I woke up this morning to dirty dishes in the kitchen sink, bills on the counter waiting to be paid and puppy poop on the carpet. Not exactly the life of fairytales and movie scripts. And to make mundane matters even more routine, this morning looks a lot like yesterday and tomorrow isn’t promising to be much different.
It’s easy to feel the discouragement fester.
In fact I can get stuck here in the “whens” and “if onlys.” When this happens, then things will be better. If only this would change, then I’ll be happy. Fill in the “this” with any desired life change. When … he is sleeping through the night … potty trained … in school. If only … I were pregnant … got the promotion … had a bigger house. And in the middle of all of this I miss out on the one life God has given me. The good things that are already all around.
And I forget that I have some control over the details of my life. I may not be able to change those big “whens,” but I can change some small aspects that make today more manageable, dare I say, more enjoyable? I am not the victim of my life, though circumstances are often not what I’d wished for; rather I am a coauthor, walking alongside God, recognizing today is one I can’t get back, so I must make the most of it.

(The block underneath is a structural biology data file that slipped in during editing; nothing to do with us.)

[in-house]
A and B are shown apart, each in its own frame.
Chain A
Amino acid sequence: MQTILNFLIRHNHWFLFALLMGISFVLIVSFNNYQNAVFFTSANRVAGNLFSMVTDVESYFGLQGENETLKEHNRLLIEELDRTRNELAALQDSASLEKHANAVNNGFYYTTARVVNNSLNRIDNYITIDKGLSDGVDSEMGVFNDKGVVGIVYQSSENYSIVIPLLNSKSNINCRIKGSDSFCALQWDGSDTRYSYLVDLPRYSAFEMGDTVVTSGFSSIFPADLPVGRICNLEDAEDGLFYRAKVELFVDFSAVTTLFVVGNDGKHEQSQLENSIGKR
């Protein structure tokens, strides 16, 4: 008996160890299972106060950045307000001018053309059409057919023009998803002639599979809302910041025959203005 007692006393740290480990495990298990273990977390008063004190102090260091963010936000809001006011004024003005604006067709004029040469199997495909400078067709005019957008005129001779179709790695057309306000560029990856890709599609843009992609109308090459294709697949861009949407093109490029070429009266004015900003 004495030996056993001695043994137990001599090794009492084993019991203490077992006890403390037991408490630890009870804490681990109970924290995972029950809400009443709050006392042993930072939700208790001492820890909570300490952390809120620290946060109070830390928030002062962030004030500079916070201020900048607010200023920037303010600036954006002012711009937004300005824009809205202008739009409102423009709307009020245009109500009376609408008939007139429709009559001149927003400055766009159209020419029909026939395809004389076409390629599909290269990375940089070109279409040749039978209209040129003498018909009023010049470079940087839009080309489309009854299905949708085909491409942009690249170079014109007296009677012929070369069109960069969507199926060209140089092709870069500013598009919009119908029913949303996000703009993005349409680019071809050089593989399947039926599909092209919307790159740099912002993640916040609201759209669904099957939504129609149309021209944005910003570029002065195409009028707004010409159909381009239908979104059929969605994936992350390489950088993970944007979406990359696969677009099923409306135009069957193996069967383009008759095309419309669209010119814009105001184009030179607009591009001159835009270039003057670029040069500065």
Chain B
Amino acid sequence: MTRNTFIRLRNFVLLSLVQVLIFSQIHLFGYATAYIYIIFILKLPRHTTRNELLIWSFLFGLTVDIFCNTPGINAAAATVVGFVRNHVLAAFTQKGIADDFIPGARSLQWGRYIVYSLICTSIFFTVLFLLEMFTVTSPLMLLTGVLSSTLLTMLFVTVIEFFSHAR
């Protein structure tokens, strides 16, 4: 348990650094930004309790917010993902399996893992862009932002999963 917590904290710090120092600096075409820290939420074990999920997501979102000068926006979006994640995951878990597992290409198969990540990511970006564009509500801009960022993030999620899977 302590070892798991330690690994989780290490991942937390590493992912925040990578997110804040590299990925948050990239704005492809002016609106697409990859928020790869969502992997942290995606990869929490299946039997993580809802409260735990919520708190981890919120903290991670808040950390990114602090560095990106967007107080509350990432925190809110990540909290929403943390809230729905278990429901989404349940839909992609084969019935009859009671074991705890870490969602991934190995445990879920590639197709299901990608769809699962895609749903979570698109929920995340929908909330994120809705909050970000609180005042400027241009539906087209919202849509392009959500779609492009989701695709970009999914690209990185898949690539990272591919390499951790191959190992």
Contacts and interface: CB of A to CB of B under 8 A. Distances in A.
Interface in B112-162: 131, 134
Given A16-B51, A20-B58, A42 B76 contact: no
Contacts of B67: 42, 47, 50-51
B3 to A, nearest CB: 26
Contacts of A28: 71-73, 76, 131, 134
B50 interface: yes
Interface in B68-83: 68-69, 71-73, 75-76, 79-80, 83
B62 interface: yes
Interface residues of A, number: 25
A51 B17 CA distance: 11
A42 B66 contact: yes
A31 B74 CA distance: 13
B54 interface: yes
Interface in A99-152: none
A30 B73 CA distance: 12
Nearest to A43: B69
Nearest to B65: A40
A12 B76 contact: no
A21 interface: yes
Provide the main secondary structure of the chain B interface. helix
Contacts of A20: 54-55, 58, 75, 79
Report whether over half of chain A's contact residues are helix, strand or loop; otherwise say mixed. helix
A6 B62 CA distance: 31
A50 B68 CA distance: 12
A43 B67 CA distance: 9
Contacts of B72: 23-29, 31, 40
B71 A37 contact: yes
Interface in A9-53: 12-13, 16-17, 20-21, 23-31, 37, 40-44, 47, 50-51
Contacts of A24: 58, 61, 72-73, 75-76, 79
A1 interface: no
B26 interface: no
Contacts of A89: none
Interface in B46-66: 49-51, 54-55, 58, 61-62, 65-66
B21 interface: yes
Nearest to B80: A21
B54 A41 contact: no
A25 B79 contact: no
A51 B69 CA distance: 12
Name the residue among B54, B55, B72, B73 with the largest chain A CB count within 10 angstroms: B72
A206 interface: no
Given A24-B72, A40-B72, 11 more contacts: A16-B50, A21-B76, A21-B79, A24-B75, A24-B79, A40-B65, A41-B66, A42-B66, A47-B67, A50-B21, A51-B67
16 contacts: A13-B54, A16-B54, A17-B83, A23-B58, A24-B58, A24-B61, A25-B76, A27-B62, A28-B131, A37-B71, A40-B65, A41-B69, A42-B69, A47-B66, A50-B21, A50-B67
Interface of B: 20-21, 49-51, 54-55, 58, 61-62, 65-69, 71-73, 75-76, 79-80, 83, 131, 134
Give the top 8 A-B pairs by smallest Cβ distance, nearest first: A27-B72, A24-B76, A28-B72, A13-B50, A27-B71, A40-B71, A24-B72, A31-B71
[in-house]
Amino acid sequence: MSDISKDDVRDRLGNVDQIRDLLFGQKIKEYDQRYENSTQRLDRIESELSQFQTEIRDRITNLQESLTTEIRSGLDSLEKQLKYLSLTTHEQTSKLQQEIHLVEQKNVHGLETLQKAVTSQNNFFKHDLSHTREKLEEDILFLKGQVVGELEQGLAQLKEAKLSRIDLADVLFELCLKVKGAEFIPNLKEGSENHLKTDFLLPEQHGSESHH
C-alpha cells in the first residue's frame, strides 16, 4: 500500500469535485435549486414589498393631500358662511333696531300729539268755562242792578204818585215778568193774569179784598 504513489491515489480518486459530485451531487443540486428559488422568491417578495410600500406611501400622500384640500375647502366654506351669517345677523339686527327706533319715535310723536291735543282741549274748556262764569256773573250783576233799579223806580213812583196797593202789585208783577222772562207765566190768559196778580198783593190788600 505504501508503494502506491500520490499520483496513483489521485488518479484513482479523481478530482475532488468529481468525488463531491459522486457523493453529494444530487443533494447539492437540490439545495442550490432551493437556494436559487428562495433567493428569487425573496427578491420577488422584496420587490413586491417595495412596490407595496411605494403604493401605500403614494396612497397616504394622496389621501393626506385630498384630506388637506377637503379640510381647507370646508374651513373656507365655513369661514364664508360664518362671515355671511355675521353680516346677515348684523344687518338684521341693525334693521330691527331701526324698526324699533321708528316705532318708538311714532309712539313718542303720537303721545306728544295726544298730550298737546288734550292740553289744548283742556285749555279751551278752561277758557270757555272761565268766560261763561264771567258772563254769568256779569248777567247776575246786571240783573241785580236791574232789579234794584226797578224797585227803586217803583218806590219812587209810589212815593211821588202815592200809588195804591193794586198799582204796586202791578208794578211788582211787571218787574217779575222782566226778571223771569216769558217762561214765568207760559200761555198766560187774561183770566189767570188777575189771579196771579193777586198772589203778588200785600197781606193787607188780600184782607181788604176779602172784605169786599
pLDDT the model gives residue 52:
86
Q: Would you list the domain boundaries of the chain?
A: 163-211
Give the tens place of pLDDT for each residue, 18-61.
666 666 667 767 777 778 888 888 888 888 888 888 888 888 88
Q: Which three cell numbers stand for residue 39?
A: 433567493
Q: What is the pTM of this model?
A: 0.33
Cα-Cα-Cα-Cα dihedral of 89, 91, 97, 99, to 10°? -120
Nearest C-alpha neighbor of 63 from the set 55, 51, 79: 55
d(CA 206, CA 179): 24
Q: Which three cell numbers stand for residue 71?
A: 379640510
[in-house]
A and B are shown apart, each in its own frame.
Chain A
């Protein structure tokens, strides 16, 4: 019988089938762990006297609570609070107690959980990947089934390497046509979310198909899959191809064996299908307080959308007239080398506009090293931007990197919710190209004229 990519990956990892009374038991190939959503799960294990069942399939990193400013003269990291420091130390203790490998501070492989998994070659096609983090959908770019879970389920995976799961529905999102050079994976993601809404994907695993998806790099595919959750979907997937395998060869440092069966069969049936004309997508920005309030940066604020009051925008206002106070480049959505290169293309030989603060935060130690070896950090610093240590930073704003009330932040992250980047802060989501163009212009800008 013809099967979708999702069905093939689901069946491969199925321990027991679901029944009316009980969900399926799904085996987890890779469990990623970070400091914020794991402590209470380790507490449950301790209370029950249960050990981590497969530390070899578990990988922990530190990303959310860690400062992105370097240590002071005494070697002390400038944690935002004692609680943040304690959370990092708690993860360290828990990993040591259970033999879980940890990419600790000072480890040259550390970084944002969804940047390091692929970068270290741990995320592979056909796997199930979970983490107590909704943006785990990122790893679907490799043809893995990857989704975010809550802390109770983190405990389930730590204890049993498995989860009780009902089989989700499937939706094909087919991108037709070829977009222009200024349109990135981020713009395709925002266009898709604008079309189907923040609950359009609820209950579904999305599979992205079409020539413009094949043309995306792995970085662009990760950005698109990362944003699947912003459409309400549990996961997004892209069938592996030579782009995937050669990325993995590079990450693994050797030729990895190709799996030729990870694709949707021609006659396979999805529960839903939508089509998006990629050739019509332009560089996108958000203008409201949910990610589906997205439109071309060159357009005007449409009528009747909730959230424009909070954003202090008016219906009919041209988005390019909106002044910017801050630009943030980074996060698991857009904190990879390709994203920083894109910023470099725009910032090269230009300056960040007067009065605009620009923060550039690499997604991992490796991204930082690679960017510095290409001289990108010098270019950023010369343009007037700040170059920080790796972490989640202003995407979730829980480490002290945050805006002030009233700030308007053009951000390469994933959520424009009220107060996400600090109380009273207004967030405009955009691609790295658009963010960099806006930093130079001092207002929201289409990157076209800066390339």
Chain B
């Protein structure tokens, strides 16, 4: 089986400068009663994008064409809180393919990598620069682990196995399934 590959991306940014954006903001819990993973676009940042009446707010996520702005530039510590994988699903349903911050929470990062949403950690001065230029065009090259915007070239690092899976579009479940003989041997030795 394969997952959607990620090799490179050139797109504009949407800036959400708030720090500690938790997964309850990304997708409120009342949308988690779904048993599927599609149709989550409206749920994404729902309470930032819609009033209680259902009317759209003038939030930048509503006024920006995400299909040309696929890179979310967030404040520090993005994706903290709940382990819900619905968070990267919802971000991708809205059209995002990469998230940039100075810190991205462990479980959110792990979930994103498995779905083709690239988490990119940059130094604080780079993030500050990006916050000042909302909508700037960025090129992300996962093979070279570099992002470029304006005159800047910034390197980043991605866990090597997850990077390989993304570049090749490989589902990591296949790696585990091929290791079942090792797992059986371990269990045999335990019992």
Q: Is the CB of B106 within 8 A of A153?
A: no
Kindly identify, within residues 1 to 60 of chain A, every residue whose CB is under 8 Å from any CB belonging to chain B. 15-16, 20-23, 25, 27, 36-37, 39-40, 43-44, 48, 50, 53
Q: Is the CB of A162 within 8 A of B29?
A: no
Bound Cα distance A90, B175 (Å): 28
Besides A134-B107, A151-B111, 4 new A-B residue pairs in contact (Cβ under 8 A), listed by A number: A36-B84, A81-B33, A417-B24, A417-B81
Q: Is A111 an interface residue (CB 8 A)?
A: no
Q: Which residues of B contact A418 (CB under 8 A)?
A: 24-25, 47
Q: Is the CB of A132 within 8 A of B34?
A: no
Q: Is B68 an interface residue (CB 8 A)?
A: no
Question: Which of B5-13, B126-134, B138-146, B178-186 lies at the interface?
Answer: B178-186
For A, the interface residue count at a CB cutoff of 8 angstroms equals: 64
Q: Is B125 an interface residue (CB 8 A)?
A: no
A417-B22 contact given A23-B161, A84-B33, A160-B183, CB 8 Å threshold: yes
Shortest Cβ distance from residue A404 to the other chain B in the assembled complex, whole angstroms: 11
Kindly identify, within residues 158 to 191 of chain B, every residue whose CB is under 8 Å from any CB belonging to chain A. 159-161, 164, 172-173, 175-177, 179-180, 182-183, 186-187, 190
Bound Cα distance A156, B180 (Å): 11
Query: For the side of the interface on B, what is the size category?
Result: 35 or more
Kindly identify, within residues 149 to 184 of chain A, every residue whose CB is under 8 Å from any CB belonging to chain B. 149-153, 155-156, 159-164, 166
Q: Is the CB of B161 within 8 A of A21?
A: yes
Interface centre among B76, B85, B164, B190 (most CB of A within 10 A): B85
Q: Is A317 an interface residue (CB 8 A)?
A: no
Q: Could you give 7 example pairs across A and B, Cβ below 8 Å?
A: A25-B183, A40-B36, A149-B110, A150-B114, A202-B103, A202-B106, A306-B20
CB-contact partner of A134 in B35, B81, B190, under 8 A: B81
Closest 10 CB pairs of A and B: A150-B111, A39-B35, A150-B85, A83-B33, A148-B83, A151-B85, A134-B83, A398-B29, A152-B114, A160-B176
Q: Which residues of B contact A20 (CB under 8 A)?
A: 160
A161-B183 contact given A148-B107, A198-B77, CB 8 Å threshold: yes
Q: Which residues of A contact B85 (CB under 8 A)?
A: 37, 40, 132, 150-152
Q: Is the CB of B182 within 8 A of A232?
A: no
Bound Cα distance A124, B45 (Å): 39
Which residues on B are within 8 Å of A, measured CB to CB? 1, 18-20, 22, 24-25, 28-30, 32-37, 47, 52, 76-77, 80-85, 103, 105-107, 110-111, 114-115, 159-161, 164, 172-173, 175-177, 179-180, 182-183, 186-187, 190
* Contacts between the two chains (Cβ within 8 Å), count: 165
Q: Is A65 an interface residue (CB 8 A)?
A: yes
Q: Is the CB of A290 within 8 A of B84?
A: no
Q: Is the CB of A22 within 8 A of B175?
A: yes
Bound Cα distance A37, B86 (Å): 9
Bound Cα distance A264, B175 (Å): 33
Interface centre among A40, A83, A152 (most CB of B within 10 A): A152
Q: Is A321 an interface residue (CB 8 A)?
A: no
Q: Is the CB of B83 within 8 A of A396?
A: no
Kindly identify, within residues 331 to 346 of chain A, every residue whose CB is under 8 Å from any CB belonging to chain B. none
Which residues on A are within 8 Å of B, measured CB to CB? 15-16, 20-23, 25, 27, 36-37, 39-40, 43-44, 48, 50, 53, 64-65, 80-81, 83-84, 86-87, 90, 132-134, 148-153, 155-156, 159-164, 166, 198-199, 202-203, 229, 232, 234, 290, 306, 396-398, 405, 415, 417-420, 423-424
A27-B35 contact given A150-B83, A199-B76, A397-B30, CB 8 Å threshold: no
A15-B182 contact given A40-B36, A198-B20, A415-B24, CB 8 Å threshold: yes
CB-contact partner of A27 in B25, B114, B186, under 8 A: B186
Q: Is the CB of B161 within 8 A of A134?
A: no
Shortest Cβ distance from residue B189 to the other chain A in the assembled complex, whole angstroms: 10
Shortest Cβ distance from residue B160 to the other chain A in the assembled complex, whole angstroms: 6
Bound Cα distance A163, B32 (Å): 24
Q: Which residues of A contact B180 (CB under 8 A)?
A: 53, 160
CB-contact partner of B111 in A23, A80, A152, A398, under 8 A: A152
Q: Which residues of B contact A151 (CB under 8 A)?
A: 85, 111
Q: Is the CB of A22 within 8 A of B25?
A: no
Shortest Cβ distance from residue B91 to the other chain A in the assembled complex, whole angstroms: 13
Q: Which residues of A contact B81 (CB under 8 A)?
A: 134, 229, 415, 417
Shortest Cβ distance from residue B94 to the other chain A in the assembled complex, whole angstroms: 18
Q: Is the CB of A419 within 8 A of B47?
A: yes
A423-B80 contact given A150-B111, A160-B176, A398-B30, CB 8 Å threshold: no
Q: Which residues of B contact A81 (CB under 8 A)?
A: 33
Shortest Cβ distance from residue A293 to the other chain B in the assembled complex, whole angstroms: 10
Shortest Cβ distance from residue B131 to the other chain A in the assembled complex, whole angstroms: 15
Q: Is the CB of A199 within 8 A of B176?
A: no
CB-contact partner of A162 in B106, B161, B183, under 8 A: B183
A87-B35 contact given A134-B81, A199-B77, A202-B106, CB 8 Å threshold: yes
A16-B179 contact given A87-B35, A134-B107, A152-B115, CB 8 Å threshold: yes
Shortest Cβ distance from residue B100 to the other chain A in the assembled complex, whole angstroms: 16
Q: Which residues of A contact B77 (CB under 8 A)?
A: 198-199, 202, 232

But how do I among the dirty dishes and the bills? Those realities are not going away. This is my actual life after all, with its actual circumstances. I’m not aiming to love that “when” life, but this one I’m waking up to.
I do the next small thing.
I play some music while I’m loading the dishwasher.
I close my laptop while my daughter is talking and focus on her face and her words.
I light candles on the dinner table.
I put on some perfume and jewelry.
These are not life altering decisions or steps here. They are small things that when accumulated make my moments feel special. Because what is life if not a series of moments that accumulate to hours and days and weeks? And they are every day decisions I get to make over and over again. Yesterday’s dishes don’t have to define today’s reality. Every morning offers a new beginning and that music can be turned up.
Loving my actual life is about beginning with what I have to work with today; focusing on what I can control and appreciating the gifts I’ve been given, rather than fixating on the things I wish would change.
As a mom to four girls, Alexandra Kuykendall’s days are spent washing dishes, driving to and from different schools and trying to find a better solution to the laundry dilemma. She is the author of Loving My Actual Life, An Experiment In Relishing What’s Right In Front of Me andThe Artist’s Daughter, A Memoir. A city girl at heart, she makes her home in the shadow of downtown Denver. You can read more of Alex’s everyday thoughts and connect with her at AlexandraKuykendall.com.